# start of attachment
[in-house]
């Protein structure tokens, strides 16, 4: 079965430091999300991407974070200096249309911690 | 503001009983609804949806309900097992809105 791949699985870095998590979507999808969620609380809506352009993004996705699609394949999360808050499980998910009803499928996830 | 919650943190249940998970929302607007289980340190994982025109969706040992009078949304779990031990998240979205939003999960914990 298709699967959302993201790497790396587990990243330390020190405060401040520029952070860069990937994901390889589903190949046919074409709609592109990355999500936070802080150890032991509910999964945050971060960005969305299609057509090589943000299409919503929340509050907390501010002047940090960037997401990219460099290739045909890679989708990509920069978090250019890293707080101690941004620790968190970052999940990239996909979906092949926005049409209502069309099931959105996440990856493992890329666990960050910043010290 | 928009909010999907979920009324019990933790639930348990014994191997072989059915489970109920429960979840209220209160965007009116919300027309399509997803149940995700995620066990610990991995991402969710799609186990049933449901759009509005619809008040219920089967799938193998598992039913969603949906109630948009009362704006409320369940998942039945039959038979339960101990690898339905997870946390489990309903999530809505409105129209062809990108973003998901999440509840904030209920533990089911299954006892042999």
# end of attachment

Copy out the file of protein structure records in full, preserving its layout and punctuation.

[in-house]
């Protein structure tokens, strides 16, 4: 079965430091999300991407974070200096249309911690 | 503001009983609804949806309900097992809105 791949699985870095998590979507999808969620609380809506352009993004996705699609394949999360808050499980998910009803499928996830 | 919650943190249940998970929302607007289980340190994982025109969706040992009078949304779990031990998240979205939003999960914990 298709699967959302993201790497790396587990990243330390020190405060401040520029952070860069990937994901390889589903190949046919074409709609592109990355999500936070802080150890032991509910999964945050971060960005969305299609057509090589943000299409919503929340509050907390501010002047940090960037997401990219460099290739045909890679989708990509920069978090250019890293707080101690941004620790968190970052999940990239996909979906092949926005049409209502069309099931959105996440990856493992890329666990960050910043010290 | 928009909010999907979920009324019990933790639930348990014994191997072989059915489970109920429960979840209220209160965007009116919300027309399509997803149940995700995620066990610990991995991402969710799609186990049933449901759009509005619809008040219920089967799938193998598992039913969603949906109630948009009362704006409320369940998942039945039959038979339960101990690898339905997870946390489990309903999530809505409105129209062809990108973003998901999440509840904030209920533990089911299954006892042999």